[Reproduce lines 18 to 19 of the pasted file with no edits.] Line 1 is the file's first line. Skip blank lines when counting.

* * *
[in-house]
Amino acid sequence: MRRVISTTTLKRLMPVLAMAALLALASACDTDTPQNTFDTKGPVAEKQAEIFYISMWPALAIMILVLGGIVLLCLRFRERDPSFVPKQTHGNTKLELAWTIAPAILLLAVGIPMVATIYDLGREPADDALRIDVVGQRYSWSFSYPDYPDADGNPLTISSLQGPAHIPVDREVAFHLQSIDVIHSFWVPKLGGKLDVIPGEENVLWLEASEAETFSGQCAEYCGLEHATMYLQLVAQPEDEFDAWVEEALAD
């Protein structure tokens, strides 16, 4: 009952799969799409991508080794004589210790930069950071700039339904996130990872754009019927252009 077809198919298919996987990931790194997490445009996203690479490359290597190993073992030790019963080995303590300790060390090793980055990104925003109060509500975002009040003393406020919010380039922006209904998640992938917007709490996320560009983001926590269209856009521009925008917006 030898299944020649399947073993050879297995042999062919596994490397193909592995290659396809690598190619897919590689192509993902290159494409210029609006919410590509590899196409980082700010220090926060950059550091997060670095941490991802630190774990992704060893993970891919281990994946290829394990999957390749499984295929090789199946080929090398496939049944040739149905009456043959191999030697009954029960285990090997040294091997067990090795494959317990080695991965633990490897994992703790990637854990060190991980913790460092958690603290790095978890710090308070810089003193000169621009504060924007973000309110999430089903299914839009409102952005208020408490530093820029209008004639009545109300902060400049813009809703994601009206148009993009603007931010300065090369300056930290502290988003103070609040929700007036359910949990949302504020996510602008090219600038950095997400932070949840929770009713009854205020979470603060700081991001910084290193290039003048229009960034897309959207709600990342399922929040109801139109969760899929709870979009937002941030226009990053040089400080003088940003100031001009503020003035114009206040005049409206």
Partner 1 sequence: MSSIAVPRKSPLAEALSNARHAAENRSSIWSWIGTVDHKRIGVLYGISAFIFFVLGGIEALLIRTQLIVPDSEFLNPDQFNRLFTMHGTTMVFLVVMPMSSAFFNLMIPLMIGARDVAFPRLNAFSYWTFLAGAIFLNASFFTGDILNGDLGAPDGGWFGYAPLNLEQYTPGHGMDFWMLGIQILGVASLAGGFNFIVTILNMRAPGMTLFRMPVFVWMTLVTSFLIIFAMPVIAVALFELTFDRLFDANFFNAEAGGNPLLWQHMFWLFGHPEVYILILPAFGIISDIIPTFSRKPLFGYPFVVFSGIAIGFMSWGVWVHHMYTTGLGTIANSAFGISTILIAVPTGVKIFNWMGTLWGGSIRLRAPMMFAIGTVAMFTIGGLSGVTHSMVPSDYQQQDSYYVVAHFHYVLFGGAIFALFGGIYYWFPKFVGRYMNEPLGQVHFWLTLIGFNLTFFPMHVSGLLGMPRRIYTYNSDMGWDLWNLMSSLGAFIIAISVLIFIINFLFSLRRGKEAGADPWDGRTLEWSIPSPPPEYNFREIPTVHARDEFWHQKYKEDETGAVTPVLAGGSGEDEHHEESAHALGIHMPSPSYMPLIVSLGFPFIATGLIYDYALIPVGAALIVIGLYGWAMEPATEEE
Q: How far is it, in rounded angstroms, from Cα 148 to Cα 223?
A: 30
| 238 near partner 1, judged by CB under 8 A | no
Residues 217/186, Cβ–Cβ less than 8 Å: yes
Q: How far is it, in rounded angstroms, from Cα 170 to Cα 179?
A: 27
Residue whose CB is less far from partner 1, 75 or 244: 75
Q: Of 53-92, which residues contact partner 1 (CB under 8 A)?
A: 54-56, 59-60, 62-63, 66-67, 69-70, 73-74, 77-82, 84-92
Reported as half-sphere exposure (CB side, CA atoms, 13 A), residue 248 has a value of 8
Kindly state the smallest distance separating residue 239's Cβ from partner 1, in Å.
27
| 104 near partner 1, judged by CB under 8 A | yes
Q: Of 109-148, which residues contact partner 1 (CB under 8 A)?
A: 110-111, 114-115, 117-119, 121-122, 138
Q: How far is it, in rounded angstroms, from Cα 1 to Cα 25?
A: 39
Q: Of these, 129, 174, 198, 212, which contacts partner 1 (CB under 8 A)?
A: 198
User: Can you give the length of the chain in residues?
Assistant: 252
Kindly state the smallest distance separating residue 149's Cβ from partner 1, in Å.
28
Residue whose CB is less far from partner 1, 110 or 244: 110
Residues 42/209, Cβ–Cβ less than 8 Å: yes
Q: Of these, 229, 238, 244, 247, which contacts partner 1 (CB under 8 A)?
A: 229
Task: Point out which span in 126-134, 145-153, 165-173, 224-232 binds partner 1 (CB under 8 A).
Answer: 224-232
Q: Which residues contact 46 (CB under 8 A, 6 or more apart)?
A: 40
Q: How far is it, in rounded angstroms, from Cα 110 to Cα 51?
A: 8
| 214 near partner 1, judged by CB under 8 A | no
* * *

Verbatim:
Q: Of 109-148, which residues contact partner 1 (CB under 8 A)?
A: 110-111, 114-115, 117-119, 121-122, 138